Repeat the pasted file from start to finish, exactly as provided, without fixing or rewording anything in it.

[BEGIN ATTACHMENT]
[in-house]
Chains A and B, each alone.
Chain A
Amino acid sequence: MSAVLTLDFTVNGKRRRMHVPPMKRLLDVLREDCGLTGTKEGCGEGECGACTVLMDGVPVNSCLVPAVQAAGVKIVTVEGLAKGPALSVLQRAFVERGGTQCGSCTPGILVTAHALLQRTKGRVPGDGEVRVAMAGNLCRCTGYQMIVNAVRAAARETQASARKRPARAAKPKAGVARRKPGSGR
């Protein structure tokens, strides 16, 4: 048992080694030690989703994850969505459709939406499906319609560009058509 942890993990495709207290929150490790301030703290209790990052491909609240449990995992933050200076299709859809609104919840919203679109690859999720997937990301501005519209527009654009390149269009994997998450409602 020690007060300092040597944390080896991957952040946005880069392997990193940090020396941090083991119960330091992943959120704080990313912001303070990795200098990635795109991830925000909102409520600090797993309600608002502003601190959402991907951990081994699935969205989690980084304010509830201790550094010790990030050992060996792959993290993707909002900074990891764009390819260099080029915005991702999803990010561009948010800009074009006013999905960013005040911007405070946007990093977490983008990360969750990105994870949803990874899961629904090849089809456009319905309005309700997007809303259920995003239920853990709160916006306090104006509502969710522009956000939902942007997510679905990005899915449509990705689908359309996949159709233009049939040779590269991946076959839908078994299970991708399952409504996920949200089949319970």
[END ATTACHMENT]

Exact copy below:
[in-house]
Chains A and B, each alone.
Chain A
Amino acid sequence: MSAVLTLDFTVNGKRRRMHVPPMKRLLDVLREDCGLTGTKEGCGEGECGACTVLMDGVPVNSCLVPAVQAAGVKIVTVEGLAKGPALSVLQRAFVERGGTQCGSCTPGILVTAHALLQRTKGRVPGDGEVRVAMAGNLCRCTGYQMIVNAVRAAARETQASARKRPARAAKPKAGVARRKPGSGR
């Protein structure tokens, strides 16, 4: 048992080694030690989703994850969505459709939406499906319609560009058509 942890993990495709207290929150490790301030703290209790990052491909609240449990995992933050200076299709859809609104919840919203679109690859999720997937990301501005519209527009654009390149269009994997998450409602 020690007060300092040597944390080896991957952040946005880069392997990193940090020396941090083991119960330091992943959120704080990313912001303070990795200098990635795109991830925000909102409520600090797993309600608002502003601190959402991907951990081994699935969205989690980084304010509830201790550094010790990030050992060996792959993290993707909002900074990891764009390819260099080029915005991702999803990010561009948010800009074009006013999905960013005040911007405070946007990093977490983008990360969750990105994870949803990874899961629904090849089809456009319905309005309700997007809303259920995003239920853990709160916006306090104006509502969710522009956000939902942007997510679905990005899915449509990705689908359309996949159709233009049939040779590269991946076959839908078994299970991708399952409504996920949200089949319970």